Frist thing you should know is that the title is an acronym of Not Of Planet Earth, which foreshadows filmmaker Jordan Peale’s elusive concept of alien visitation.
After huge success with Get Out followed by Us, Jordan Peale tackles a sci-fi/Western/horror story, set in Southern California’s picturesque Agua Dulce, where stoic Otis “O.J.” Haywood Jr. (Daniel Kaluuya) and his volatile younger sister Emerald (Keke Palmer) are trying to continue a family tradition.
Most people don’t realize that the first film ever made – Eadweard Maybridge’s 1878 The Horse in Motion – featured an unidentified Black jockey, a Haywood ancestor. These Haywoods are experienced horse wranglers, supplying animals to TV and movie companies. But ever since their father (Keith David) died, the legacy of Haywood’s Hollywood Horses has declined.
Then O.J. and Em spot a menacing, disc-shaped UFO, hovering in and out of a cloud above their ranch, spooking the horses.
Determined to capture its image on film, proving that extraterrestrials have visited Earth, Em contacts jaded cinematographer Antlers Holst (Michael Wincott) and enlists the help of Angel Torres (Brandon Perea), a low-level tech at a local electronics store.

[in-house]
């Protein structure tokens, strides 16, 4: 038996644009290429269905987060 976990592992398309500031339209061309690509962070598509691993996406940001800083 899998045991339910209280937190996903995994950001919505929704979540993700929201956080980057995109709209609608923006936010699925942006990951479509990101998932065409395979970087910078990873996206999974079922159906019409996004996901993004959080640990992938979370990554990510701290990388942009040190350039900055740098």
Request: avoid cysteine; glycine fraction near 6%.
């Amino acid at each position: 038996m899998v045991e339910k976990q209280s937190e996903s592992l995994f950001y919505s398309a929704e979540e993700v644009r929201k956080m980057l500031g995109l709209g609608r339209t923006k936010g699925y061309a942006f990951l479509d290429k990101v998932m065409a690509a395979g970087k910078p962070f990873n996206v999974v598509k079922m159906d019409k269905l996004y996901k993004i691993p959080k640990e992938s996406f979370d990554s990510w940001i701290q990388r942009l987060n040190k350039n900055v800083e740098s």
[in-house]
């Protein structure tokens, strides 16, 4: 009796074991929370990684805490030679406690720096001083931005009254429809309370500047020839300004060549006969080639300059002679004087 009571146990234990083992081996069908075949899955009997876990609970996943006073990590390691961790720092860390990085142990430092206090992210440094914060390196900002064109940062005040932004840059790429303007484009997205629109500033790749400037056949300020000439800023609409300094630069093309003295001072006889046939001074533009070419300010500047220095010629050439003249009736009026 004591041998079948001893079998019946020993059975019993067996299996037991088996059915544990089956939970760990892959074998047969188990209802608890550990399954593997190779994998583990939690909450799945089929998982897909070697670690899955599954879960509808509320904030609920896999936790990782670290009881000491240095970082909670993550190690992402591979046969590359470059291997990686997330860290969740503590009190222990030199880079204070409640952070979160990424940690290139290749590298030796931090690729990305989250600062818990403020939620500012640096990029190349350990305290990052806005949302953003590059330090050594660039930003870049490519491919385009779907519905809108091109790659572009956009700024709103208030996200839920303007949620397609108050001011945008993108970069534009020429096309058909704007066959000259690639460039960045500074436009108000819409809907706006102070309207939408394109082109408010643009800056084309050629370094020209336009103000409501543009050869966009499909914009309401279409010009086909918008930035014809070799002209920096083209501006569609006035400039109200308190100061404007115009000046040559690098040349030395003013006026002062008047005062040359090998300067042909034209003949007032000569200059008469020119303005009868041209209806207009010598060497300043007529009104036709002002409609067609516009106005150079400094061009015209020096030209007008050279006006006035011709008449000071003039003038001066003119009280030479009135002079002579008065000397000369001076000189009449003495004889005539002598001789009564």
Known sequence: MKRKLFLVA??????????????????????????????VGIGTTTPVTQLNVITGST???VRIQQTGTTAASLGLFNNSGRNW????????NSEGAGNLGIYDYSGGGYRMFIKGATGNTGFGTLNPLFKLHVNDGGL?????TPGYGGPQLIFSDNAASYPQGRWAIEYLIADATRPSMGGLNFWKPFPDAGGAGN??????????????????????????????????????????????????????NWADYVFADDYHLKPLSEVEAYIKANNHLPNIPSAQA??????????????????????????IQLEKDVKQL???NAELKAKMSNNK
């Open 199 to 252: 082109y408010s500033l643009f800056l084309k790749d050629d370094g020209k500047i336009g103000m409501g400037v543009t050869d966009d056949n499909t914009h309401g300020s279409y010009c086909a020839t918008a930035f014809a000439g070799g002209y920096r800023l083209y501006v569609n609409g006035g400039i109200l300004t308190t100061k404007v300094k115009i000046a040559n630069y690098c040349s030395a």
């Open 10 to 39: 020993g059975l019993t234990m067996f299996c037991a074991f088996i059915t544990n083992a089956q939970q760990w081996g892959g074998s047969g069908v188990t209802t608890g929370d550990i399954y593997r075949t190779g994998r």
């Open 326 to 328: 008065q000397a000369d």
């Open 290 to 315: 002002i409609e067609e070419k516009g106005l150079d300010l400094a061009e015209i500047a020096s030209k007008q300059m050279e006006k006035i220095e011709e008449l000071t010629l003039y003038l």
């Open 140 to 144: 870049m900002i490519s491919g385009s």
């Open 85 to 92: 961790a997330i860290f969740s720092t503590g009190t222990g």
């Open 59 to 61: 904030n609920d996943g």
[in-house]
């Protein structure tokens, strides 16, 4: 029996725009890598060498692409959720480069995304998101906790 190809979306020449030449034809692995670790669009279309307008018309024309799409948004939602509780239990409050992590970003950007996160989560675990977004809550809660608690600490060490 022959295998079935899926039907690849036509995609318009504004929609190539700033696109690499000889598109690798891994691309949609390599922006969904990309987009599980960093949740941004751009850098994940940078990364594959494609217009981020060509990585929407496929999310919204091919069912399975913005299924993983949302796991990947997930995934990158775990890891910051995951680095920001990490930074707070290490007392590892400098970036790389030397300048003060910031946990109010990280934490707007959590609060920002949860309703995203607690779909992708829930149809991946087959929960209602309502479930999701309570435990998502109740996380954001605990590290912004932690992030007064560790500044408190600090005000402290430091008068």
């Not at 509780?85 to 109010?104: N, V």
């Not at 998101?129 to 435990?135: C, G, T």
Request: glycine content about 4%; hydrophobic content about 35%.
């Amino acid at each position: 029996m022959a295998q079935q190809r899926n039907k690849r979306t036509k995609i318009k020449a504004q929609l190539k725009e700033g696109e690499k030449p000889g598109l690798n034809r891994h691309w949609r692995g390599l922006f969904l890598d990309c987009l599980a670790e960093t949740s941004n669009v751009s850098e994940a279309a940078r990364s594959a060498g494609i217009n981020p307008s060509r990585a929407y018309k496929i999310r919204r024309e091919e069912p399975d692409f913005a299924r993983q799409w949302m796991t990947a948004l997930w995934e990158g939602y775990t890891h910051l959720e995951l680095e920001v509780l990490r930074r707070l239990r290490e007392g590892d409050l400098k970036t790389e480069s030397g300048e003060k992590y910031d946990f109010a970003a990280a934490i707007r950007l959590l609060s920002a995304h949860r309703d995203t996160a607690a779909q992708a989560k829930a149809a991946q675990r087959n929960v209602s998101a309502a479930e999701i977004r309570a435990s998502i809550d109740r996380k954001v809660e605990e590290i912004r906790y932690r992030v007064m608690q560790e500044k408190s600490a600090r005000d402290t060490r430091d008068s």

But then there’s the mysterious disappearance of the entire audience at a nearby Wild West theme park run by geeky Ricky “Jupe” Park (Steven Yeun), a former child actor whose sit-com career abruptly ended with a chimpanzee disaster. Was Jupe’s audience abducted by the UFO?
Writer/director/producer Jordan Peale is a bit too subtle this time because, while there’s plenty of tension, often evoked by Hoyte Van Hoytema’s striking cinematography and Michael Abels’ score, the stakes are pretty low.
And since we’re not emotionally involved (because the characters are not fleshed out), the payoff is minimal – in contrast with Steven Spielberg’s classic Close Encounters of a Third Kind – or M. Night Shyamalan’s thrillers. Plus, many scenes go on far too long, and it’s sometimes difficult to decipher what fast-talking Keke Palmer is saying and/or screaming. Is that intentional or a just unfortunate?
On the Granger Gauge of 1 to 10, Nope is a suspenseful, supernatural 6, playing in theaters.